FIG. 5 illustrates an example dataflow diagram of a configured multiple-pipeline system in accordance with this invention, using a control-register matrix 530. Each row S1, S2, . . . S5 of the matrix 530 corresponds to a pipeline 320 a, 320 b, . . . 320 e, respectively. Each column A, B, . . . E corresponds to the corresponding auxiliary block A-E; a “1” in the column at a particular row indicates the use of the block in the corresponding pipeline. For example, the illustrated “11000” in the first row S1 effects the insertion of blocks A and B into the first pipeline 320 a; the illustrated “01101” in the second row S2 effects an insertion of blocks B, C, and E into the second pipeline 320 b; and so on. Note that because the auxiliary blocks A-E are preconfigured to be inserted between particular core blocks F1-F6, there is no need to indicate where the selected auxiliary block is to be inserted. Note also that the pool 330 of auxiliary blocks 335 in FIG. 3 illustrates that only two copies of block B are available, and thus no other row/pipeline can be configured to contain a block B, because the available two copies of block B have been allocated to pipelines 320 a, 320 b.

One of ordinary skill in the art will recognize that alternative schemes can be devised to control the select routing of pipeline data through select auxiliary function blocks in accordance with this invention. One will also recognize that this control can be effected at the commencement of each application, or can be effected dynamically within an application, or can be effected at the time of manufacture to create a special purpose device, as desired.

The foregoing merely illustrates the principles of the invention. It will thus be appreciated that those skilled in the art will be able to devise various arrangements which, although not explicitly described or shown herein, embody the principles of the invention and are thus within its spirit and scope. For example, although the illustrated preferred embodiment includes a plurality of homogeneous pipelines, one of ordinary skill in the art will recognize that this homogeneity is not a prerequisite to this invention. For example, one or more of the pipelines may be configured to contain all of the functional elements that are likely to be included in most video processing pipelines, while other pipelines may include core elements that are likely to be included in most graphic processing pipelines, or core elements that are likely to be included in commonly used reduced-capability pipelines, such as PIP pipelines. In like manner, some of the auxiliary elements may be configurable for insertion into only a subset of the pipelines. Also, although the auxiliary blocks A-E are presented as “function blocks”; one of ordinary skill in the art will recognize that one or more blocks A-E may include “passive blocks”, such as a memory block that is allocated to particular pipelines as required. These and other system configuration and optimization features will be evident to one of ordinary skill in the art in view of this disclosure, and are included within the scope of the following claims.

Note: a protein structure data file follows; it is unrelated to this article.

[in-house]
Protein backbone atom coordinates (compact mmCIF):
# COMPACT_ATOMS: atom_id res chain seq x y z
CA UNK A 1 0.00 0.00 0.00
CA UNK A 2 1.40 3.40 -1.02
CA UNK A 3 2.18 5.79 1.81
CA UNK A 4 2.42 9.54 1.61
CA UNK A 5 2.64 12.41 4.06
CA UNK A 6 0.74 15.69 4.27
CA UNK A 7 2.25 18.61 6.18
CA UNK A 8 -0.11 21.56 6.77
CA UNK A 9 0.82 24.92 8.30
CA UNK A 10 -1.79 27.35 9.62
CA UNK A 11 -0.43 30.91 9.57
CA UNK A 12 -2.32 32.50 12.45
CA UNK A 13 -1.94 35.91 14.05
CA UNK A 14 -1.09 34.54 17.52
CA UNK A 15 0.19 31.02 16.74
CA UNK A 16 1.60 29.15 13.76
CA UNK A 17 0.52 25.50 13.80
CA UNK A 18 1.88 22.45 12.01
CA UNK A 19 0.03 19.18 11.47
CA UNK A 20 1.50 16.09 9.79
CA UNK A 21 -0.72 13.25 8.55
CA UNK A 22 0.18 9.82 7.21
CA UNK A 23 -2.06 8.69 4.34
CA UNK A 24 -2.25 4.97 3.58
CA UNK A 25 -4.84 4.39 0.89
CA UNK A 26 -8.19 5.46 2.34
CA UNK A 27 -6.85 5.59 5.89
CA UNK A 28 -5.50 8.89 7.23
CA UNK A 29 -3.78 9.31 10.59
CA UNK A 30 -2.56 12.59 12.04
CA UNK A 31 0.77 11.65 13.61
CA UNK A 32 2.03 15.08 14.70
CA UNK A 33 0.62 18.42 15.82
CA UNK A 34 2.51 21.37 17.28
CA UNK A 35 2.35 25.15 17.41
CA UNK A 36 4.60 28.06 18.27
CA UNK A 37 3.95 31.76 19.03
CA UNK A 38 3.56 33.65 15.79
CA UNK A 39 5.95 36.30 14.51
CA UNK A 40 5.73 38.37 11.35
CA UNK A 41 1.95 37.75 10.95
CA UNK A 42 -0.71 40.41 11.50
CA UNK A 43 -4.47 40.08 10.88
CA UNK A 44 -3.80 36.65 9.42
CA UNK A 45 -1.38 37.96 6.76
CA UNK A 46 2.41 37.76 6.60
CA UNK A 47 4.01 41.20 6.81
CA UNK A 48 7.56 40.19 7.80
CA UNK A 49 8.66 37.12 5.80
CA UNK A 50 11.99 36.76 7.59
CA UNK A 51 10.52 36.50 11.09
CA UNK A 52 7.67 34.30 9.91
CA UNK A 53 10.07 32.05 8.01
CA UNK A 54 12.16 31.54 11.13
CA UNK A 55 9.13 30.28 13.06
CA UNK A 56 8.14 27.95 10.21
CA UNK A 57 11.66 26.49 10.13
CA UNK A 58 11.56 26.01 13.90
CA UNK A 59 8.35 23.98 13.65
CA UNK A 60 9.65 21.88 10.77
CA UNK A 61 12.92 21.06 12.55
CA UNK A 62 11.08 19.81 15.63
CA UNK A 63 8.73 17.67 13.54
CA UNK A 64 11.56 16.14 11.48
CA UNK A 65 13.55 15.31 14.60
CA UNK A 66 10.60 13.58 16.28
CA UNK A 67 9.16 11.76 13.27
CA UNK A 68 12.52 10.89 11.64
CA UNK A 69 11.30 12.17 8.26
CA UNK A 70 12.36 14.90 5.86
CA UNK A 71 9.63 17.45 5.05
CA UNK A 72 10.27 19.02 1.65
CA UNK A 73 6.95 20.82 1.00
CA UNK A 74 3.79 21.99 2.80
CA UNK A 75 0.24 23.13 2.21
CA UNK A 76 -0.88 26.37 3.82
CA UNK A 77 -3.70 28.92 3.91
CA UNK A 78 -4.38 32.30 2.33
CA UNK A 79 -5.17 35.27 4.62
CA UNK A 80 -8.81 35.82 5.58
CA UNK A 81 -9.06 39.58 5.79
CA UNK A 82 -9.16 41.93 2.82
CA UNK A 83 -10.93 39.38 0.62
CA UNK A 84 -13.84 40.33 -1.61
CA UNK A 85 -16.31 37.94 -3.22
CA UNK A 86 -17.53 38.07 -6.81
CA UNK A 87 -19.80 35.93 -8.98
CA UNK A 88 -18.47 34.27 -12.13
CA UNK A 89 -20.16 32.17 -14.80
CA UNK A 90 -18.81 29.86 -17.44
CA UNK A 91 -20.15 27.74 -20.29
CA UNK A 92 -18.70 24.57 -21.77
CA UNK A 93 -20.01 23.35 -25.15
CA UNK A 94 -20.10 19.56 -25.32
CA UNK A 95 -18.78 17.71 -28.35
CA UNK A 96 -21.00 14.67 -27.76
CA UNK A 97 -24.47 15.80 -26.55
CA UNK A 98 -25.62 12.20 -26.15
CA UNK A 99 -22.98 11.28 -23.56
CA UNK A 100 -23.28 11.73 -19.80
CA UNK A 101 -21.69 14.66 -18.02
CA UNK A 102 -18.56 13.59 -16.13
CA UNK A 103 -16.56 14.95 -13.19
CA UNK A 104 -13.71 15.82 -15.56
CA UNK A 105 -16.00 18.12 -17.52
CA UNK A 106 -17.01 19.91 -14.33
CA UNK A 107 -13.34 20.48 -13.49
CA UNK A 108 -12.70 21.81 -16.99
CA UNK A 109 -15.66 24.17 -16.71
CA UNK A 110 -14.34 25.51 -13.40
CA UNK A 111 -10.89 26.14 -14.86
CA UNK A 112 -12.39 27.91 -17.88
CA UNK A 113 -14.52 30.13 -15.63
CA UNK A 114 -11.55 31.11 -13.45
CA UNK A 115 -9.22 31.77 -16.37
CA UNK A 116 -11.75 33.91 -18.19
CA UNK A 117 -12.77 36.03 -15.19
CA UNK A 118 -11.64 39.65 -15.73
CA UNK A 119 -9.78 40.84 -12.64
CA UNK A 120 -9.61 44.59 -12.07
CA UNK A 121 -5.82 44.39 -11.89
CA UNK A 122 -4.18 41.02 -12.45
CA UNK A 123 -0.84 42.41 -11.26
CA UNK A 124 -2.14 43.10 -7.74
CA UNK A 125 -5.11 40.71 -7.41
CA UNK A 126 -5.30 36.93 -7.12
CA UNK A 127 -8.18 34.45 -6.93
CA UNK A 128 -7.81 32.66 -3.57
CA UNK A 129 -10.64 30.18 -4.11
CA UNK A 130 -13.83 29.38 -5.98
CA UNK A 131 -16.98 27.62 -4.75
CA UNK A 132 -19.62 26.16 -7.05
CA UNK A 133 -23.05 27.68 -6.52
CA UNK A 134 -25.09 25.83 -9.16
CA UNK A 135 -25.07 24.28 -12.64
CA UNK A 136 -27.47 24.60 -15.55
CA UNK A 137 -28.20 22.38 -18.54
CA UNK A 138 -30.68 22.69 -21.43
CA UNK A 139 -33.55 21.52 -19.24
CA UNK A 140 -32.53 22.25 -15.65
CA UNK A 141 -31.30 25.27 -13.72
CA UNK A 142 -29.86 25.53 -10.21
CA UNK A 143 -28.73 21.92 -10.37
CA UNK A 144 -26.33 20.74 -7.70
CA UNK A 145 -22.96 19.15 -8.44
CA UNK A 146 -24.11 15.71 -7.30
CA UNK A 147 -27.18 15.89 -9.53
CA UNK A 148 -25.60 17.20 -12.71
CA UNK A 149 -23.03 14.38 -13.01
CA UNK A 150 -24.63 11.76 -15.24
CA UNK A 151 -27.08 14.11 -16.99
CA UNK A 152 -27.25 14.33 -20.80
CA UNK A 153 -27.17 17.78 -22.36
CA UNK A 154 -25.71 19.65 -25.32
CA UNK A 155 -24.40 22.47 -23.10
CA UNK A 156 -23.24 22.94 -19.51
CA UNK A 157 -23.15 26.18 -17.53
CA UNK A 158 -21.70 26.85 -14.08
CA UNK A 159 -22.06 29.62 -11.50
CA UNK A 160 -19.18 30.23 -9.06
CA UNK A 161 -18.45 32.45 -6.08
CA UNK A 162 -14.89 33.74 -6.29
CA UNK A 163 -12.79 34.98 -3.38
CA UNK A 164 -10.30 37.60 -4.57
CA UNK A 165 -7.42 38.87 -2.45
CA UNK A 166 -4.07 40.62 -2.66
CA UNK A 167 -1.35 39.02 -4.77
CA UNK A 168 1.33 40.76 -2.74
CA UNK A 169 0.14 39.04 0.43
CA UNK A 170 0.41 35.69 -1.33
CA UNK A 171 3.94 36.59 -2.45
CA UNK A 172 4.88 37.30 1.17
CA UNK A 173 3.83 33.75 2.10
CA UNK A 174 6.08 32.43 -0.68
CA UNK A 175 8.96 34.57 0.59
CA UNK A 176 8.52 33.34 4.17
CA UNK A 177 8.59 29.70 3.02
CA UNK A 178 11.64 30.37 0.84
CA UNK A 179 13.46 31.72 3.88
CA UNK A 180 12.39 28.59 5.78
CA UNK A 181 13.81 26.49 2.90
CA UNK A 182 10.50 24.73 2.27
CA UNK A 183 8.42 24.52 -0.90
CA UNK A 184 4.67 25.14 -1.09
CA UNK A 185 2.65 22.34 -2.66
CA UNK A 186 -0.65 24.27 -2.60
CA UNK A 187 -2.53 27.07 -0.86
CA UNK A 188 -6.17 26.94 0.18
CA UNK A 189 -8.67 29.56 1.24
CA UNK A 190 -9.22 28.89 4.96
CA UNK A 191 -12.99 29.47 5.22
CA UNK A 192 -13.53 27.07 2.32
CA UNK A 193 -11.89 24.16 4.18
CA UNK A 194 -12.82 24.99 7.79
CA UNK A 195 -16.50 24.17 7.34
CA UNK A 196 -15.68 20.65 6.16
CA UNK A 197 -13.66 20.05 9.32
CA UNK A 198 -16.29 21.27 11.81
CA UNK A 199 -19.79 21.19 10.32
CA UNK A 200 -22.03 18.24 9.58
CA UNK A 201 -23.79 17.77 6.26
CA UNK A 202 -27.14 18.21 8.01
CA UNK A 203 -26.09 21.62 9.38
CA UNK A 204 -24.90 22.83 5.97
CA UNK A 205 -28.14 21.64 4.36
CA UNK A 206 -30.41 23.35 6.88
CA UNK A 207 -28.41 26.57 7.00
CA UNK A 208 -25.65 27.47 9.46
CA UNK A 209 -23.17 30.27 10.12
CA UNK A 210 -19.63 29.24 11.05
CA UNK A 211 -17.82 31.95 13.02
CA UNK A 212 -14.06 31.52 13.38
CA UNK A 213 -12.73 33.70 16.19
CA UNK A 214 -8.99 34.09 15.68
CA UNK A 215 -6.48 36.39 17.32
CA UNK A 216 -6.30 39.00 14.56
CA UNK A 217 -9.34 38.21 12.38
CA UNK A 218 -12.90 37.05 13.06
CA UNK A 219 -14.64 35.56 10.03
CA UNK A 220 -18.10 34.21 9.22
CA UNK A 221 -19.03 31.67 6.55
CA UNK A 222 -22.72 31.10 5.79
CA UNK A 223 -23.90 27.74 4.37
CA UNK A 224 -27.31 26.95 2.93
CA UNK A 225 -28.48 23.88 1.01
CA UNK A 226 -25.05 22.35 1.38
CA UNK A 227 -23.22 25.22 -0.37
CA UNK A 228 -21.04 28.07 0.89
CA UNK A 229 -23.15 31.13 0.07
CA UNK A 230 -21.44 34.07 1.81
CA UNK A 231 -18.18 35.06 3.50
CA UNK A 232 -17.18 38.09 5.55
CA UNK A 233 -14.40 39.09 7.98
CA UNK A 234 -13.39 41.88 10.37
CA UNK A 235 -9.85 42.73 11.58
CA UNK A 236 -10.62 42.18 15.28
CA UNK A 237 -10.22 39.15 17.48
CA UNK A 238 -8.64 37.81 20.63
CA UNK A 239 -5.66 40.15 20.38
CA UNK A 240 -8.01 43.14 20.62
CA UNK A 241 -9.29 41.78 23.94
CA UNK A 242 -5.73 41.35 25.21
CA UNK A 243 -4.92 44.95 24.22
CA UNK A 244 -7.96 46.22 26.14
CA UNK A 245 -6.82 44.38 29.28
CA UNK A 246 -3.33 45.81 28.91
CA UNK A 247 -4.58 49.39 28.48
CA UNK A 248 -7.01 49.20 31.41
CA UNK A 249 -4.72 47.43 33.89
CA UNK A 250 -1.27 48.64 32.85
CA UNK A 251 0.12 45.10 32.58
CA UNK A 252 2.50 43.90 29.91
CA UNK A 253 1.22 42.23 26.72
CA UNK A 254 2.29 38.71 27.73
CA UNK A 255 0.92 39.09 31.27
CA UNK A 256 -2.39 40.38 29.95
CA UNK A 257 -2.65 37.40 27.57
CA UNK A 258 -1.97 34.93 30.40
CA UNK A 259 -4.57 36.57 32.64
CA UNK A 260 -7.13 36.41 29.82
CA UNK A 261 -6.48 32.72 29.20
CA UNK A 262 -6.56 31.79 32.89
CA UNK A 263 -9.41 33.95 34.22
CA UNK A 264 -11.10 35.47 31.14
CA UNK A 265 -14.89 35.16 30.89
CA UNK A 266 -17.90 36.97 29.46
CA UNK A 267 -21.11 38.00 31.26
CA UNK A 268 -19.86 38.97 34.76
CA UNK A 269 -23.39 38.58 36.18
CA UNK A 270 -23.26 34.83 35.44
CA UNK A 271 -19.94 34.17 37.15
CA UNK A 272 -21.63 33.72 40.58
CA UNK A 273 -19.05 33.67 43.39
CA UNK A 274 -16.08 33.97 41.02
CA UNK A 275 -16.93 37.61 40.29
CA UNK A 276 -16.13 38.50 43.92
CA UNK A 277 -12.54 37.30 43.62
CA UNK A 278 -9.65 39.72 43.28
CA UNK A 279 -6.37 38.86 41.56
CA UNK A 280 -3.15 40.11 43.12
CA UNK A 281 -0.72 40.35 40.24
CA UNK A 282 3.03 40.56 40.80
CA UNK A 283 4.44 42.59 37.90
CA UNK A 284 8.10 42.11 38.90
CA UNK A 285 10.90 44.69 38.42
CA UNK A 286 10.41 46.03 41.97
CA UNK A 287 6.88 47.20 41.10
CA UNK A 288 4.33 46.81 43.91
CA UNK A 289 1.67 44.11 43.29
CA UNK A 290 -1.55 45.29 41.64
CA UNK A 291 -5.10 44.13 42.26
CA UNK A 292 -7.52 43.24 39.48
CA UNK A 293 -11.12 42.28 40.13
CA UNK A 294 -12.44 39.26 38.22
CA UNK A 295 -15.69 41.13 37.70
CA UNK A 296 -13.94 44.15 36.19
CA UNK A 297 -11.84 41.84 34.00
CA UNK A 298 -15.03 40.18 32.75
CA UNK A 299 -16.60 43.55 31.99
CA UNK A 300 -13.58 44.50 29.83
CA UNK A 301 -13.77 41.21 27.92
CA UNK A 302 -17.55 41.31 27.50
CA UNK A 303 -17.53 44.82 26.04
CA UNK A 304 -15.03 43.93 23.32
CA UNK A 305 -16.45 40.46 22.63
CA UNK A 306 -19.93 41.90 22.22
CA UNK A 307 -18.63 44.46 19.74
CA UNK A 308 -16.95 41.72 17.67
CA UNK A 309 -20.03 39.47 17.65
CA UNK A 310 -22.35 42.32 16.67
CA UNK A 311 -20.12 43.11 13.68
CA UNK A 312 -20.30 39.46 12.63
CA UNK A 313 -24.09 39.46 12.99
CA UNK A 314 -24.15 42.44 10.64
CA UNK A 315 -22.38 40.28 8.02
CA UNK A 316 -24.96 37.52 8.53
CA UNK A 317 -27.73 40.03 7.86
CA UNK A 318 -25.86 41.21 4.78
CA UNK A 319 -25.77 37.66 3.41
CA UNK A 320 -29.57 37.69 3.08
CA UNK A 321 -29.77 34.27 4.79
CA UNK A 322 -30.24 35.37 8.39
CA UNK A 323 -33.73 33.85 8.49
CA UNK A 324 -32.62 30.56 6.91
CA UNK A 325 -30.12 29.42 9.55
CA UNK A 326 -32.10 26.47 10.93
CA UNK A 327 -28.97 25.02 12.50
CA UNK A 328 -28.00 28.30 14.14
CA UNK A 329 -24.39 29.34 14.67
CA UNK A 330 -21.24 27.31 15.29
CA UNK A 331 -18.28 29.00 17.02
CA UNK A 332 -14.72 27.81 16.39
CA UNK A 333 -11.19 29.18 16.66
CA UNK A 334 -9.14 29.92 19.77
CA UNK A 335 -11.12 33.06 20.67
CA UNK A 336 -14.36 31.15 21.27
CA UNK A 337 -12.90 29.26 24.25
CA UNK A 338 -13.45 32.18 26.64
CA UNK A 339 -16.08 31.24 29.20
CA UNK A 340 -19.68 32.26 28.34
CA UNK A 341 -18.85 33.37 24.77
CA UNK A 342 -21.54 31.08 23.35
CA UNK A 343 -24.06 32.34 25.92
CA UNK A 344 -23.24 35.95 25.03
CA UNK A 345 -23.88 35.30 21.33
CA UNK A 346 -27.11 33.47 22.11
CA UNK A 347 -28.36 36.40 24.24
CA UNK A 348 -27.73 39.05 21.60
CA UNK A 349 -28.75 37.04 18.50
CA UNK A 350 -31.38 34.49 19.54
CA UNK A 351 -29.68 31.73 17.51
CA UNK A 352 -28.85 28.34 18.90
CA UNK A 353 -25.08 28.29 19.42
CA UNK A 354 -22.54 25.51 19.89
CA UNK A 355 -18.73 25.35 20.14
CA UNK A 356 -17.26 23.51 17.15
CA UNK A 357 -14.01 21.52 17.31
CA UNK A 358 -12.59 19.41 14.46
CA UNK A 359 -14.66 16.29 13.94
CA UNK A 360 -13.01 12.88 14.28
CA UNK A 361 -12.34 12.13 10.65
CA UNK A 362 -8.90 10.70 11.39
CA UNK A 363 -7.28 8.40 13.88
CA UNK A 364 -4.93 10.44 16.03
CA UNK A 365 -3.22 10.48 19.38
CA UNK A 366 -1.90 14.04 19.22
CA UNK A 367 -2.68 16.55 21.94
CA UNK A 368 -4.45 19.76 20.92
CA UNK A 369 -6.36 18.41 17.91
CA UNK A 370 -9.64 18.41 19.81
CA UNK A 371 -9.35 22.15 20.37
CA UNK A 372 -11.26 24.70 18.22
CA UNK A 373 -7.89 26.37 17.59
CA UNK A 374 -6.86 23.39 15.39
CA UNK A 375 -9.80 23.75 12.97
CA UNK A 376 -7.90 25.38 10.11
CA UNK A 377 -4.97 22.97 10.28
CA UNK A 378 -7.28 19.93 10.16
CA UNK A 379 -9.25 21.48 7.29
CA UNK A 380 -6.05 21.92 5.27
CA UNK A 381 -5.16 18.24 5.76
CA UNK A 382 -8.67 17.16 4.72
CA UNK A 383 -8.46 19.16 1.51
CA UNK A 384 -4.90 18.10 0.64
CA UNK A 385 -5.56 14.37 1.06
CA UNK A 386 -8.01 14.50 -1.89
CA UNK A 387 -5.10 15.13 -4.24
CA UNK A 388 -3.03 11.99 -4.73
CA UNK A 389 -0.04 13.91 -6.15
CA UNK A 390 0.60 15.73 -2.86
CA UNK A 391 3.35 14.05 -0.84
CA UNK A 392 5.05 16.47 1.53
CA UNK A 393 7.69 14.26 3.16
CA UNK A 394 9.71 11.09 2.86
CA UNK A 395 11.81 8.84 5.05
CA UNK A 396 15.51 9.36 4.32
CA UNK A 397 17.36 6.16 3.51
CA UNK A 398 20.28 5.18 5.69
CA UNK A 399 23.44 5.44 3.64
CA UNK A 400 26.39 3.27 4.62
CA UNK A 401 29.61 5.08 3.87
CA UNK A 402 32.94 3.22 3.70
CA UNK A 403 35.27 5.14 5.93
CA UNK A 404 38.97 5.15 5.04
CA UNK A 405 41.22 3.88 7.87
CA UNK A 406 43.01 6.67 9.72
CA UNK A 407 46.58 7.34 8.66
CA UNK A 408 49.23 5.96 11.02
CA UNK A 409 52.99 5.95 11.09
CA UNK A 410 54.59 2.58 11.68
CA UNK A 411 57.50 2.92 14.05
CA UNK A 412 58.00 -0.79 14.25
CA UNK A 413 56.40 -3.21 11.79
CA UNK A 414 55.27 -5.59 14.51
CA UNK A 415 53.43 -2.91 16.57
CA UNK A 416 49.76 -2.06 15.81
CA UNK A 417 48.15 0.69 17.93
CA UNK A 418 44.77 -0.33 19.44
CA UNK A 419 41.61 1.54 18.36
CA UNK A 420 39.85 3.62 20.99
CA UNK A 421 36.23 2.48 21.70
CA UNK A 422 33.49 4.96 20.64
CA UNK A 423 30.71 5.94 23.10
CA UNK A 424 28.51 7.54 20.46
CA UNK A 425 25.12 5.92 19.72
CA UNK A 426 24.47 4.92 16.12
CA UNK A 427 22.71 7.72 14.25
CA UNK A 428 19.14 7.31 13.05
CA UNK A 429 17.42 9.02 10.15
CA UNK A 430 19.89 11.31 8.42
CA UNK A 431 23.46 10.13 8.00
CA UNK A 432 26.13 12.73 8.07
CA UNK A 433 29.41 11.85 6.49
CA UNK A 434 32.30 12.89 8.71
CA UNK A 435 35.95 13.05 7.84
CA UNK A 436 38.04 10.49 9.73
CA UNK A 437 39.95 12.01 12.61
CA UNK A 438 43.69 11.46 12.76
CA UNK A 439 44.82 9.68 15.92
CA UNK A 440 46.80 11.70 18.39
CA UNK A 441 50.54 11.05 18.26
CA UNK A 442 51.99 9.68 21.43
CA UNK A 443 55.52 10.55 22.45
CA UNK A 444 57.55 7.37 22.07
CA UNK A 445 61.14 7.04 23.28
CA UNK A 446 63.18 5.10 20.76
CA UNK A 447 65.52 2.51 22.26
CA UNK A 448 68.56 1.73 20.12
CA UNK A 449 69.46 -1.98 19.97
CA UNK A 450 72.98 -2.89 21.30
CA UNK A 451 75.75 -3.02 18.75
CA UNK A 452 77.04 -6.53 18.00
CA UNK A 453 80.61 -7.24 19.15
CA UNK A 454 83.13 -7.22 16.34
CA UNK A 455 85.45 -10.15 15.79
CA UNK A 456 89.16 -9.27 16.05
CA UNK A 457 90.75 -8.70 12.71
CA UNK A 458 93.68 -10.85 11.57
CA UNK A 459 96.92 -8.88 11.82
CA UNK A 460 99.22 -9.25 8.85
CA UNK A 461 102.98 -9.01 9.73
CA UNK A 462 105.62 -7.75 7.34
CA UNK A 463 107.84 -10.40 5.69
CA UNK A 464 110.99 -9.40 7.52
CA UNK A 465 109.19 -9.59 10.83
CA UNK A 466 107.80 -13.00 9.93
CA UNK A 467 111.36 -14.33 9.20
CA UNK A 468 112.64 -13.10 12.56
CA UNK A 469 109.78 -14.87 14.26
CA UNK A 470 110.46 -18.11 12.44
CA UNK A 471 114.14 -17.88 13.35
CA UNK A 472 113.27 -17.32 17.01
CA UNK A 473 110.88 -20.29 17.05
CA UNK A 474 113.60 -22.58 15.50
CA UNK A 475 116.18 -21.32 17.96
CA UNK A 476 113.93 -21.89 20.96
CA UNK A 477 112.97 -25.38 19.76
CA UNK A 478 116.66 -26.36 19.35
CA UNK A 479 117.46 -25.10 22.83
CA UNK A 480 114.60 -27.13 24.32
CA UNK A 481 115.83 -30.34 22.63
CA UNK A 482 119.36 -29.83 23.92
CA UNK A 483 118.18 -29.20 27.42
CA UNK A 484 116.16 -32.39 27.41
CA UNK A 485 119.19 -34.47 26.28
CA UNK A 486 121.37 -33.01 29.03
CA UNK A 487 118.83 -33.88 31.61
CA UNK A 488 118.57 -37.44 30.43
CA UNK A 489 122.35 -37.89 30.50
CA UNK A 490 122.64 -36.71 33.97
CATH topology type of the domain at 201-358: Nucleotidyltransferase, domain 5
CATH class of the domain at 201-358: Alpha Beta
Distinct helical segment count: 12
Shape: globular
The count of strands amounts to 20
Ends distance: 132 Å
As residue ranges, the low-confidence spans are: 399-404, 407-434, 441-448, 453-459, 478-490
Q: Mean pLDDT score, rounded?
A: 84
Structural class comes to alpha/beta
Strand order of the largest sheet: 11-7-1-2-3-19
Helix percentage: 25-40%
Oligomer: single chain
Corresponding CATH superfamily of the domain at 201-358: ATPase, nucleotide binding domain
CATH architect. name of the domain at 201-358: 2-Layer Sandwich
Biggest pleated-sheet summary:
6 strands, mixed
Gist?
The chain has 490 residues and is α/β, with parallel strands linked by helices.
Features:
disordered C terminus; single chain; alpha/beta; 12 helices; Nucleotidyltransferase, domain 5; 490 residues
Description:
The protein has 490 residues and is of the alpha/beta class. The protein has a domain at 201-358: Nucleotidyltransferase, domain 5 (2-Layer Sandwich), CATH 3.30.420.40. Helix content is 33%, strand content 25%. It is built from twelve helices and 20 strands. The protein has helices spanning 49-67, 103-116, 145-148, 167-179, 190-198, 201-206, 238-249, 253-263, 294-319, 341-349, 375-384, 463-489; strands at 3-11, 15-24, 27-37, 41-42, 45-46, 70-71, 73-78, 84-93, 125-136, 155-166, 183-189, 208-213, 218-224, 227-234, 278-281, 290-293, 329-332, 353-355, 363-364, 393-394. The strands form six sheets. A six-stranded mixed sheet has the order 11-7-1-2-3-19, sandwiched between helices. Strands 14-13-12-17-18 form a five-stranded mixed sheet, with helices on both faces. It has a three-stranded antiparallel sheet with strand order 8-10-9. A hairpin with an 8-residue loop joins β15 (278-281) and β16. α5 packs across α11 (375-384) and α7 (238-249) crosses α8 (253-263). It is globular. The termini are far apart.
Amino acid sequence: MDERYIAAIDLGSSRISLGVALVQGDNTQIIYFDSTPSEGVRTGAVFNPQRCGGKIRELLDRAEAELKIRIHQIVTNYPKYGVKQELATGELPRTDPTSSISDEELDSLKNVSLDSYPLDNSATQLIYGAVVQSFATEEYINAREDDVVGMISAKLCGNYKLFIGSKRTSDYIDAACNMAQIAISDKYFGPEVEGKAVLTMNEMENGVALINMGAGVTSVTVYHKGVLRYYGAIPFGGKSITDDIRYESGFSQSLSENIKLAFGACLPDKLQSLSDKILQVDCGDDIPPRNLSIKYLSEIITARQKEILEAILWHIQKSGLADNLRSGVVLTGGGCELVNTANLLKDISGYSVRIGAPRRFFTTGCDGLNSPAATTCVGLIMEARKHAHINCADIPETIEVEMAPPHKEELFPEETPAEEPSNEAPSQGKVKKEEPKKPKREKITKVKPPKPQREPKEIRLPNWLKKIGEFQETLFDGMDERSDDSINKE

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Referenced by
Citing PatentFiling datePublication dateApplicantTitle
US8022957 *Dec 14, 2005Sep 20, 2011Canon Kabushiki KaishaApparatus and method for processing data
US8243084 *Aug 10, 2011Aug 14, 2012Canon Kabushiki KaishaApparatus and method for processing data
US20090323818 *Jun 27, 2008Dec 31, 2009Microsoft CorporationAsynchronous media foundation transform
Classifications
U.S. Classification345/506, 345/519, 345/604, 345/589
International ClassificationH04N5/268, G06F9/38, G06F15/78, G09G5/02, G06T1/20, G06F13/14
Cooperative ClassificationH04N5/268, G06T1/20, G06F15/7867, G06F15/8053
European ClassificationG06F15/80V, H04N5/268, G06F15/78R, G06T1/20